Anxiety in the Time of Coronavirus

How to maintain your civic duty and go viral with your sanity in tact

America is an oligarchy organized by the hierarchy of the white supremacist patriarchy. Pancake Brain is a (free) Friday newsletter dedicated to replacing the status quo with equitable public power, and a community dedicated to building the discipline of democracy that equity requires. We move through the world committed to a daily practice of activism and critical thinking. We reject limitations and embrace the possibilities of social imagination, certain that the queer future is better than anything we’ve yet dreamed up. We insist on our right and duty to the political conversation, and empower others to join us. Out of love for ourselves and the collective, we are engaged in a sustainable practice of freedom, endlessly un-fucking our brains.

This project is based on How to Start a Revolution, which I hope you can read or listen to here.

Dearest Pancake Brains,

Hello from self-quarantine, or, as I used to call it, “freelance writing.”

I’m emailing you from New York, where I returned yesterday from my second work trip in the past week.* I’ve spent what feels like several eternities reading the New York Times while strapped into the tin-can purgatory of air travel, wondering if I might land in a different reality. We’re all in this torturous liminal space of uncertainty now, and I come to you from the heightened anxiety of being trapped on a plane to say: It is your civic duty to stop worrying for the sake of worrying and take care of your goddamn brain. (And, yes, I’m also talking to myself here.)

I spent much of my time at the airport thinking about my partner, and remembering how I said goodbye when we parted, suddenly convinced that trivial interaction might be immortalized as our last one. Buying $17 water, or $23 yogurt, or a $43 burrito before my flight, I’d stare off into the the distance, and see our last hug instilled with the poetic urgency of a flashback from the Before Times in any survival horror. It was also at the airport that it occurred to me that I have seen way too many scary movies.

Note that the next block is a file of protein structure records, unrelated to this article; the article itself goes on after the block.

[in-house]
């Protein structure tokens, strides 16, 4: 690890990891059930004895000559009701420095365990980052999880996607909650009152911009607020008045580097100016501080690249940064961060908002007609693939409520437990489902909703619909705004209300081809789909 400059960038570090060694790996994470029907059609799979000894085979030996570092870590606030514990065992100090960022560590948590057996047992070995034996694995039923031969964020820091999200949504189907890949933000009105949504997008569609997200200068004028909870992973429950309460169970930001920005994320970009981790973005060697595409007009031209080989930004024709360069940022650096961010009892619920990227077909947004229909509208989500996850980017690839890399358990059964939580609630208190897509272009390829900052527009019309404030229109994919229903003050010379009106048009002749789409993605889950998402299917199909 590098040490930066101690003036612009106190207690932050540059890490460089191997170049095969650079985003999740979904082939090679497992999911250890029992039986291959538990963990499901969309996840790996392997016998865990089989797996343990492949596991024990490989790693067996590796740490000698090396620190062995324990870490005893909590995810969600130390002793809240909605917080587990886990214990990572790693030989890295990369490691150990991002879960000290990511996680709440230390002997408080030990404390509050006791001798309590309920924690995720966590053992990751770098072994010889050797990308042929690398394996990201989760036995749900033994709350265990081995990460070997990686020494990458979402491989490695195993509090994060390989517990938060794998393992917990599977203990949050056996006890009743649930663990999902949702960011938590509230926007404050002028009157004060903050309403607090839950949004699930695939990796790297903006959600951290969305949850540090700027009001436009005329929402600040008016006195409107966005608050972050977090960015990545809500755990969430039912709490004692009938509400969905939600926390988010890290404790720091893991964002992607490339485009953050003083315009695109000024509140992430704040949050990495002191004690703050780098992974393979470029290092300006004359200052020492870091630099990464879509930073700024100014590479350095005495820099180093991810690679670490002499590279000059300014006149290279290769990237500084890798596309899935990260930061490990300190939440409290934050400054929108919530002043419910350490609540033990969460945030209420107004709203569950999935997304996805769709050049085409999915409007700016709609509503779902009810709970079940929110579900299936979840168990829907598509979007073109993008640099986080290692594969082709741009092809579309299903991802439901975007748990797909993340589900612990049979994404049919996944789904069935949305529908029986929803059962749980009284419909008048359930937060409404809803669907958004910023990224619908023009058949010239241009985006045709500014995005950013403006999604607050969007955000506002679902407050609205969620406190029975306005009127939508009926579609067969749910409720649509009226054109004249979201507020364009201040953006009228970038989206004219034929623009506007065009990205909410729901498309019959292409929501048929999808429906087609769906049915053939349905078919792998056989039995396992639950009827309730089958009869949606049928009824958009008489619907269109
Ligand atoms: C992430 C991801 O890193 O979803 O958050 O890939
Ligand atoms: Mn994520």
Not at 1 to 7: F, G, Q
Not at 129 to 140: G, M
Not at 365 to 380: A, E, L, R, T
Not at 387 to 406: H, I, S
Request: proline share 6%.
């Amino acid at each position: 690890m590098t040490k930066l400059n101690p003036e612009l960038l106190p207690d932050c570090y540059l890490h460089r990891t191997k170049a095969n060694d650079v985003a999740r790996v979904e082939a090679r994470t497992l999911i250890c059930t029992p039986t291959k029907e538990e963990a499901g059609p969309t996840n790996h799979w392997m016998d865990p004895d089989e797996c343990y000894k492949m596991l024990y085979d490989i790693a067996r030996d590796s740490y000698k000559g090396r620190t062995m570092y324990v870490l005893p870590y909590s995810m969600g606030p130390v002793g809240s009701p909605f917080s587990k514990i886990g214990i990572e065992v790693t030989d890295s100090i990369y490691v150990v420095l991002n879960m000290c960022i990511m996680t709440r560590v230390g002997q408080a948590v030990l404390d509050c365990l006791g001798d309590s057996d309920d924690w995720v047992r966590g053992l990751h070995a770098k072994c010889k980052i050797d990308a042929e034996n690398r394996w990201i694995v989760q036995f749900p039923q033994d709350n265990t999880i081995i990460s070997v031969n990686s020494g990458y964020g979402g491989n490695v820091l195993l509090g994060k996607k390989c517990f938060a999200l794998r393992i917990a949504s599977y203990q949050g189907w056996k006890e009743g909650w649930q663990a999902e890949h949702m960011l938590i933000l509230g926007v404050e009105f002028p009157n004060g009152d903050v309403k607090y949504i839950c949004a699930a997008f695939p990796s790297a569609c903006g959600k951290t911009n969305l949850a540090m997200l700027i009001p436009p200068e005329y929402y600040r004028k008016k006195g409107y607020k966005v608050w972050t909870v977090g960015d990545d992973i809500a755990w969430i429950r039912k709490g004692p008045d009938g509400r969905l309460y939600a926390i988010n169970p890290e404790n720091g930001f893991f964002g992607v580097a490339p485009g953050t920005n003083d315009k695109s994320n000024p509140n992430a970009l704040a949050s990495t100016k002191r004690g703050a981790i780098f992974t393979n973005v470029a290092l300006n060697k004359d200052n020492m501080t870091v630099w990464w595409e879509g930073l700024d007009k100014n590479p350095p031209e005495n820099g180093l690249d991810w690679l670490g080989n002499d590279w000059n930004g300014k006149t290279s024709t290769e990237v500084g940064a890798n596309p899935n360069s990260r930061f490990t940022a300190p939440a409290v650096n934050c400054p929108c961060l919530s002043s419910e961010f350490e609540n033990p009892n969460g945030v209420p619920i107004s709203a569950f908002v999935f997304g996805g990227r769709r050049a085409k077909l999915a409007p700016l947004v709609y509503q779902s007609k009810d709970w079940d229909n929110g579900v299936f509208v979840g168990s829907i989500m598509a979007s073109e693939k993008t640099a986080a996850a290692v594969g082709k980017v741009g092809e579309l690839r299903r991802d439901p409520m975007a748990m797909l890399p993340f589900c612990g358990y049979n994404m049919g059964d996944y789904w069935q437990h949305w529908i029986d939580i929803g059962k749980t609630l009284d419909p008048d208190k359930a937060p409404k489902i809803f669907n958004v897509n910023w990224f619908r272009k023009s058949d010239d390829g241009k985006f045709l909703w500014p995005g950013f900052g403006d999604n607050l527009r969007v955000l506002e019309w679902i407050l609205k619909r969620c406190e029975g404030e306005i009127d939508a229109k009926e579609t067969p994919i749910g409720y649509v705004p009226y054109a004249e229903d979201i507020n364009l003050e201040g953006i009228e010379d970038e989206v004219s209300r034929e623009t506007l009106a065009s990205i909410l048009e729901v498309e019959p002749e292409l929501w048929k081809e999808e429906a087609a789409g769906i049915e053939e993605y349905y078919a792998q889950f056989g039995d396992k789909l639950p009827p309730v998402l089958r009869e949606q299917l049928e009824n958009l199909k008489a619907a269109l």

I used to be obsessed with any and all horror. I’d see anything that aspired to the label, regardless of quality. (“Oh, what’s this? Happy Death Day, and the title is written on a birthday cake? One ticket, please.”) At the peak of my obsession, I was fully hijacked by trauma brain. I lived in the grip of constant anxiety, broken only by sleep riddled with gruesome nightmares. Given that I was the meticulous architect of my own personal hell, going to scary movies was like a dare. It seemed as if there was no way even the most deranged fiction could best my personal supply of worst-case scenarios. (I went to see Hereditary by myself, and shrugged.)

I can’t watch scary movies anymore, and maybe that’s because it increasingly feels like we’re living in one. Ever since I started my journey of spiritual healing, after turning in the first draft of How to Start a Revolution in fall 2018, I’ve struggled to watch my once-beloved horror movies. I used to re-watch my favorites — including Hellraiser, The Fly, and The Thing — and consume every new piece-of-shit slasher film that auto-generated on Fandango’s home page. Now I find myself faced with a difficult decision each time my favorite directors release a new film. (I saw Midsommar with a friend, and while my thinking mind delighted in Ari Arster’s brilliant absurdity, I was so struck by the toxic stress of fear, I still felt sick the next day.)

What are we doing to ourselves when we deliberately consume violence?

What are we doing to ourselves when we worry about every possible worst case scenario related to the Coronavirus?

This is not to say you can choose to skip the news along with the latest horror film. You have a duty to be informed. How informed, exactly? Perhaps a better framing of that question is: What do you need to know to ensure your safety? For example, I doubt it’s helping you to read the bureaucratic specifics behind school closings in Northern Italy if your own governor has recently declared a state of emergency (*raises hand*). The purpose of the news ought to be to empower citizens to be free and self-governing, and right now, I think it is safe to say the mainstream media has succeeded mostly in making otherwise sane people fill their closets with toilet paper.